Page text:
History Of Pasta
The History of Pasta! There is no documentation of it coming from or being invented by any one person. We can safely say that Marco Polo was not responsible for pasta being brought from China to Italy. In fact pasta was well on it's way to becoming a big part of Italian food history when Marco Polo returned from his journey in 1296. Pasta had already become a huge trading commodity in Sicily, Cagliari and Sardinia. In fact there is historical documentation and recipes dating back to 800 A.D. that included dried pasta made with durum wheat.
It's also my regret that pasta was not invented by a peasant woman in Lombardi by the name of Libista. Many a wife's tale claim she invented ravioli and lasagna. Stuffed pasta very closely resembling the shape of ravioli can be traced all the way back to the 11th century Arab world. As Italy adopted these delicacies, stuffed pastas were as little as bite-sized cakes (Tortellini means little cakes) and typically fried.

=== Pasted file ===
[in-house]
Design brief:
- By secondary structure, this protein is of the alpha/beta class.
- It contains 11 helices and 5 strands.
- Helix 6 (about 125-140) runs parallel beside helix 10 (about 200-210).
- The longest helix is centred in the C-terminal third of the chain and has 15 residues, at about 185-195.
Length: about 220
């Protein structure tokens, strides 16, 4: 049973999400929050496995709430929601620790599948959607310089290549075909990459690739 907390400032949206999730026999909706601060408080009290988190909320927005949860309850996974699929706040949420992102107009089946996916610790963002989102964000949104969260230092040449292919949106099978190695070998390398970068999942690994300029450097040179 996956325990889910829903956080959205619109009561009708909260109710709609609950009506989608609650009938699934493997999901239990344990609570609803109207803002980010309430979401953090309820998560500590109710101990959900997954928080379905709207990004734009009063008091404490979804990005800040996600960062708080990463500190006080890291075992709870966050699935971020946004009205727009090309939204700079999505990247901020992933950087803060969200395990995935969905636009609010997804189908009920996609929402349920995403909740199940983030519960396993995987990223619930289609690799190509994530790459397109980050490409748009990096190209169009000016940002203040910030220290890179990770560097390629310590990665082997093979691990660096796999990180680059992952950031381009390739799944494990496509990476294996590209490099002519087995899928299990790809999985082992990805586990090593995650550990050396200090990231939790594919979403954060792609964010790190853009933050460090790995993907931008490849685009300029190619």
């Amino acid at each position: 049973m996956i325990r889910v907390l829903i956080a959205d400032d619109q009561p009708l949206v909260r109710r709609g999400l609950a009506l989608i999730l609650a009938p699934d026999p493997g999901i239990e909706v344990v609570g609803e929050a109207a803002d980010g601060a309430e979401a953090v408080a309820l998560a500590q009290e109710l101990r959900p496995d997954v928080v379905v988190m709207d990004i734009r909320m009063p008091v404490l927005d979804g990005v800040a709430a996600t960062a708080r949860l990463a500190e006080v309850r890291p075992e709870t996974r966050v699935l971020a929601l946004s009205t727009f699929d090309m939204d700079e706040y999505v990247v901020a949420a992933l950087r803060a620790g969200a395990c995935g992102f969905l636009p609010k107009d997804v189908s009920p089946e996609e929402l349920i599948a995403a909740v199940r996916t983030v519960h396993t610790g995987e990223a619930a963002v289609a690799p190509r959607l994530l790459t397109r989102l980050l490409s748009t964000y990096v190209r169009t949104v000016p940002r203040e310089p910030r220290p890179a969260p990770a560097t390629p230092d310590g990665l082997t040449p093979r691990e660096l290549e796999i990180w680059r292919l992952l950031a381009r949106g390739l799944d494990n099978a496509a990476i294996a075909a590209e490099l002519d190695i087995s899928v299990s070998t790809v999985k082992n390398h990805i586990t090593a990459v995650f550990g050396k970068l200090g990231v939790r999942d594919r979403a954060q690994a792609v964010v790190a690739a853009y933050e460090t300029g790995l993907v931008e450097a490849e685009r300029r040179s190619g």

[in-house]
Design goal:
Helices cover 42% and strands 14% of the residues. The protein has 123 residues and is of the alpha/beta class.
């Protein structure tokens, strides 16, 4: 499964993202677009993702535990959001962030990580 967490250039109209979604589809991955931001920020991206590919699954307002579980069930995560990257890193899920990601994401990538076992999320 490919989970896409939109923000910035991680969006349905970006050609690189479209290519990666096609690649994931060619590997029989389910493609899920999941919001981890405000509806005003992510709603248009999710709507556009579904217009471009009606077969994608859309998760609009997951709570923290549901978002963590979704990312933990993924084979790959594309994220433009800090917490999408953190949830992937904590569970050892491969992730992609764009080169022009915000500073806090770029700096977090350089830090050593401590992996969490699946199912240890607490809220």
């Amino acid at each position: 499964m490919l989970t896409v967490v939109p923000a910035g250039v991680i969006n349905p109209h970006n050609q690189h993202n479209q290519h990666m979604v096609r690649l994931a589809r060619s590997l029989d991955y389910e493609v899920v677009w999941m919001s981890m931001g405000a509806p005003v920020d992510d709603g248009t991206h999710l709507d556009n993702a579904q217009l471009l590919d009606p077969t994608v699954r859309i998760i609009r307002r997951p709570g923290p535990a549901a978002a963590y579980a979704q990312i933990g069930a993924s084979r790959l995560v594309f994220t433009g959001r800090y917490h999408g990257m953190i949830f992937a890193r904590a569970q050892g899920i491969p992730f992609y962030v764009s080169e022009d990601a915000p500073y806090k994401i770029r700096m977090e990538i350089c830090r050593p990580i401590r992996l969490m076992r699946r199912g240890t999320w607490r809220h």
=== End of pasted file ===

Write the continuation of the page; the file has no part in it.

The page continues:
So what is the history of pasta and how did it get to Italy? Ultimately it is a combined effort of both human intelligence, creativity and evolution. Marco Polo and the peasant woman had nothing to do with the invention pasta. Cute stories though.
Historians also say that spaghetti was not native to the Mediterranean but originated in Arabic countries and even Africa which is known for Kamut crops used to make kamut pasta
and a pasta shape that originated in Africa that was renamed Fregola
. Greeks had their share in the history of pasta and if you've ever gone to Greece, Italy's brother of the Mediterranean (una faccia, una razza) you'll find pasta is a main source of food in recipes such as pastitsio and orzo dishes. China with their asian style noodles also made with rice flour and the Middle Eastern countries serving pasta with pine nuts and a yogurt style sauce typically served with meat. All of them sounding, looking and tasting delicious in their own right, they served a combined effort of the many countries and cultures bringing pasta to all of us around the globe.
The History of Pasta Recipes:
Medieval Italian cookbooks contained recipes for lasagna, ravioli, linguini and vermicelli.